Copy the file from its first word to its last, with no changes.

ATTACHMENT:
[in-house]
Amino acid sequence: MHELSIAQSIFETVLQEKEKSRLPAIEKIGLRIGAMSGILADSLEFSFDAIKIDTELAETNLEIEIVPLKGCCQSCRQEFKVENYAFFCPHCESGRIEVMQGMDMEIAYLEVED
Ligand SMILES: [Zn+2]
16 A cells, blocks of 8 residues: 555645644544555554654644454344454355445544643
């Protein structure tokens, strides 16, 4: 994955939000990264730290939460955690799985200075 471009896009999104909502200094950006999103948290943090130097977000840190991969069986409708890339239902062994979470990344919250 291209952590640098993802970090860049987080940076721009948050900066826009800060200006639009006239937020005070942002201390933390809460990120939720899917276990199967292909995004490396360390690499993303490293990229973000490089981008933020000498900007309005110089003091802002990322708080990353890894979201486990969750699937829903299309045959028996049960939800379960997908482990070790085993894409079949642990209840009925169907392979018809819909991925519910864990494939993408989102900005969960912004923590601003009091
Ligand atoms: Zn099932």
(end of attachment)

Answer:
[in-house]
Amino acid sequence: MHELSIAQSIFETVLQEKEKSRLPAIEKIGLRIGAMSGILADSLEFSFDAIKIDTELAETNLEIEIVPLKGCCQSCRQEFKVENYAFFCPHCESGRIEVMQGMDMEIAYLEVED
Ligand SMILES: [Zn+2]
16 A cells, blocks of 8 residues: 555645644544555554654644454344454355445544643
């Protein structure tokens, strides 16, 4: 994955939000990264730290939460955690799985200075 471009896009999104909502200094950006999103948290943090130097977000840190991969069986409708890339239902062994979470990344919250 291209952590640098993802970090860049987080940076721009948050900066826009800060200006639009006239937020005070942002201390933390809460990120939720899917276990199967292909995004490396360390690499993303490293990229973000490089981008933020000498900007309005110089003091802002990322708080990353890894979201486990969750699937829903299309045959028996049960939800379960997908482990070790085993894409079949642990209840009925169907392979018809819909991925519910864990494939993408989102900005969960912004923590601003009091
Ligand atoms: Zn099932």